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Cathedral Choirs

761 of 1160 nominations

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Cathedral Choirs

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Cathedral Choirs

What’s a cathedral without a choir, or a choir without a cathedral? The acoustics and the atmosphere of English cathedrals seems perfectly suited to choral voices - a match made in heaven, you might say. Many cathedrals were built in the 12th and 13th centuries, and their choirs were often established soon after. Cathedral choir schools were set up for the young male choristers and some, like St Paul’s Cathedral School in London and the Pilgrim’s School in Winchester, still survive.

When Oliver Cromwell took office in 1653, after the Civil War, the cathedral choirs disappeared. The new commissioners declared, “Those servants of the church whose duty it had been to perform the most solemn services should find some employment less offensive to God than singing his praises.” But they re-emerged with the Restoration and haven’t looked back.

These days, the best cathedral choirs are stars in their own right, filling their opulent buildings with the beautiful sound of human voices. Many can be heard on CD.

NOMINATION 761 OF 1160

Your comments

The high quality and unbroken tradition of cathedral choirs over several centuries. Other nominated icons may indicate transient fashion, but cathedral choirs are a unique and thriving survival from medieval to modern times.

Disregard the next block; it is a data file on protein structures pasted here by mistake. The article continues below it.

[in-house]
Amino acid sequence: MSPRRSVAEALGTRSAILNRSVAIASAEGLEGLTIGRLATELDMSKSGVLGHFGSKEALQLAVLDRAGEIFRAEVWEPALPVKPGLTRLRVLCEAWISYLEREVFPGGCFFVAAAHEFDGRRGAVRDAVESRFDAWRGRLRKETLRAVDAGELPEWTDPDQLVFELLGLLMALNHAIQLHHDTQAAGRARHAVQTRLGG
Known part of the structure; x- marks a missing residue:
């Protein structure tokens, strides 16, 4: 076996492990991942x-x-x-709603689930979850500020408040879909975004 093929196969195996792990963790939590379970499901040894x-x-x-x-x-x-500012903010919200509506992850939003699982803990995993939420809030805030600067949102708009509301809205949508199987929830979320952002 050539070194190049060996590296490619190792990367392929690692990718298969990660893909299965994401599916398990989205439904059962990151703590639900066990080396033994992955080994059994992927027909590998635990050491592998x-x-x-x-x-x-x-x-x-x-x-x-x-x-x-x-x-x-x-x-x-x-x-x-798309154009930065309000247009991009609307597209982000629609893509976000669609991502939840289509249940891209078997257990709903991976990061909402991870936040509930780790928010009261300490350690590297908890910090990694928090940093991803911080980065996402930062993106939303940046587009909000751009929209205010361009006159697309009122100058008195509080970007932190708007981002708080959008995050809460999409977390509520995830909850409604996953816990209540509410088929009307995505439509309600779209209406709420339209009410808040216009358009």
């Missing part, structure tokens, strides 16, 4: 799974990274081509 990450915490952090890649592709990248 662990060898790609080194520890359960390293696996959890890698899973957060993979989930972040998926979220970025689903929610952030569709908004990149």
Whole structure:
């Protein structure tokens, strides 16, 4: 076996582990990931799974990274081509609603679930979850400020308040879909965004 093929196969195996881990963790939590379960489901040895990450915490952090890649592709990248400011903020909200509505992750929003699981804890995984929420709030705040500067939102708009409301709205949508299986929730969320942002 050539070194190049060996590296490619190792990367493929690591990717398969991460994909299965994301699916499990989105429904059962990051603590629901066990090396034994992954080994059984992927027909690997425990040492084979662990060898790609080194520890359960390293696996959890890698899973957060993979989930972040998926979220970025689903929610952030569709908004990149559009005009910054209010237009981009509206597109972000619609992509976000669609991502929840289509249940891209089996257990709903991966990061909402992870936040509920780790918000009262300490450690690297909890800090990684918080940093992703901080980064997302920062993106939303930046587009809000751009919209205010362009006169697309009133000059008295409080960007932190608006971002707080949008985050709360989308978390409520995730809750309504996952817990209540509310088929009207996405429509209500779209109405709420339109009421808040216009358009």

stephen chater


Let me start with Cathedrals, Churches, minsters, places of worship. Every village with a Church. This forming a landmark. A sense of community identity. Choirs enhance ones experience. In my opinion, in times of distress, todays society do not know where to turn to. They look outside the UK to import other religions, beliefs. This should be of concern. We are diluting our heritage.
Stella H Howell


I have not yet had a chance to visit England, but any mention of this country brings up in my head a few things, and the first of them is the unique and wonderful sound of its cathedral choirs, with that clean, pure, yet piercingly intense top line composed of well-trained boy choristers set against the backdrop of men in the other three voices. No other country in the world has preserved this tradition as well as England has. I hope to be able to visit England some day, to enjoy this sound live and in its correct environment.
Manfred Mornhinweg


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I believe rice, peas and jerk chicken is an Icon of England.

Ade Adeluwoye

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